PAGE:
Fact Check: Does The U.S. Constitution Say Anything About Redistricting Being Fair?
North Carolina has new Congressional districts — and it was a process. When lawmakers went back to the drawing board last month, they had a lot to say.
Republican state Sen. Jerry Tillman chastised Democrats about what he called their lack of knowledge of the U.S. Constitution, which gives states the authority over redistricting. He said it doesn’t say anything about being fair.
"If it belongs to the prevailing party, do you think it should be anything other than partisan?" Tillman said. "It’s set up to be partisan.”
That statement got a lot of attention, especially since a court-ordered lawmakers to redraw the district lines without using partisan data.
Paul Specht of WRAL joins WFAE "Morning Edition" host Lisa Worf to assess Tillman's claim.
Lisa Worf: So does the U.S. Constitution say anything about the redistricting process being fair?
Paul Specht: That's a loaded question and there are many ways to look at fairness. It's likely that Sen. Tillman was referring to fairness in terms of will each party have equal odds of winning a congressional race? And no, it doesn't say anything about that. But it does apply other rules that aim to address fairness in terms of everyone's vote counting. The 14th and 15th Amendments in particular address minority votes and making sure that their influence is the same as everyone else's.
Worf: So if the U.S. Constitution hands over the redistricting authority to the states, does that mean the Constitution sets up redistricting to be partisan, as Tillman says?
Specht: Well, the U.S. Constitution is neutral. It's silent on how the districts are to be drawn at the congressional level because it leaves it to the states. Now, that leaves states the opportunity to draw them in sort of any manner they see fit that's constitutional.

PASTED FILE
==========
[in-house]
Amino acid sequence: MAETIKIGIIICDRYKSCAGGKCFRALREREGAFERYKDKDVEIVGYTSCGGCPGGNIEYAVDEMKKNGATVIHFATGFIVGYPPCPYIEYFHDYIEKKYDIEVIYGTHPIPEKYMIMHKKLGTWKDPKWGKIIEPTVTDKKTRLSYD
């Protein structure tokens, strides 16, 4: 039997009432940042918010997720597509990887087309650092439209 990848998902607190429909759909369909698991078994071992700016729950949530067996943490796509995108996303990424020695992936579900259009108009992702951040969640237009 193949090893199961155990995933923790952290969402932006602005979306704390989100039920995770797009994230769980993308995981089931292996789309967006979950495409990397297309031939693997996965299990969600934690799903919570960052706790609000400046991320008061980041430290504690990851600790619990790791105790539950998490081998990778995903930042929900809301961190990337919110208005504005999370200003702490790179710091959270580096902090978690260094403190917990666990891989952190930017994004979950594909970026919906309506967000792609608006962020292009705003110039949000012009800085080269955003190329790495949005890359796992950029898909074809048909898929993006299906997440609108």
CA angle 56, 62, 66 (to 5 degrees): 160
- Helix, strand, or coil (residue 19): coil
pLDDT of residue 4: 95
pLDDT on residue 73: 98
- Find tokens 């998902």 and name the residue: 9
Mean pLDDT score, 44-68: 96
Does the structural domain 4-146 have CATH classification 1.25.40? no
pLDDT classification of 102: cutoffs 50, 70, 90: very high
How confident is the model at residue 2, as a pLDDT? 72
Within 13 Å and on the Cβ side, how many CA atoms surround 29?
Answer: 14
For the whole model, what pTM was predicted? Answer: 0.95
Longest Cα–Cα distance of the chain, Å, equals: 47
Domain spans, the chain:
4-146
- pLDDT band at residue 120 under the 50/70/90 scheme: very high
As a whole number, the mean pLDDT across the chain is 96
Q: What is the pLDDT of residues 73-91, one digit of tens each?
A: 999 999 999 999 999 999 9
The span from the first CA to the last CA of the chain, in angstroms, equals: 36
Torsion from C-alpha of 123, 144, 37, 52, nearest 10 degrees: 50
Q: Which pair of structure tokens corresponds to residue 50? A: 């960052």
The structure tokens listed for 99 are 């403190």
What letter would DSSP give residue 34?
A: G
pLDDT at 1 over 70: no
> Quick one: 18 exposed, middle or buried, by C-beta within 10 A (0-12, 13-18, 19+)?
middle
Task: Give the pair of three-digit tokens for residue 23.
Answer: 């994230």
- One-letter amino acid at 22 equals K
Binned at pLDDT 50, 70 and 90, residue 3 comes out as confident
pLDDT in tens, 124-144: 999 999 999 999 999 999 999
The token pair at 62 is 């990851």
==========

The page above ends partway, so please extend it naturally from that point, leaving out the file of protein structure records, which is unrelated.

Some states, like Arizona, have an independent redistricting commission. And other states try to eliminate partisanship from the process. They'll say, "Oh, you know, legislators are in control of the map-making process, but they're not allowed to consider how many people are registered Democrat, how many people are registered Republican."
Now, in North Carolina, the process is somewhat partisan. If you have one party that controls both the state Senate and the state House, they have a lot of power and a lot of influence over what those maps look like.
Worf: So is Tillman right then?
Specht: We gave him a "half true." And here's why: He said that the U.S. Constitution doesn't say anything about being fair. Well, literally, that's true. But it does address other aspects of fairness that aren't related to partisanship. He said it's set up to be partisan. Yes. In North Carolina, that's the case. But broadly speaking, it doesn't have to be that way.
Worf: And now you have a state court ordering lawmakers to redraw district lines without using partisan data. If that ruling is based on the state constitution, why is Tillman bringing up the U.S. Constitution?
Specht: That's a good question. You know, I don't know what provoked his comments on the Senate floor. It's likely there's a general discussion about fairness. The U.S. Supreme Court recently punted on a question of how much partisan gerrymandering is too much. But at the local level, there have been challenges to North Carolina's maps saying that they are a breach of the state Constitution.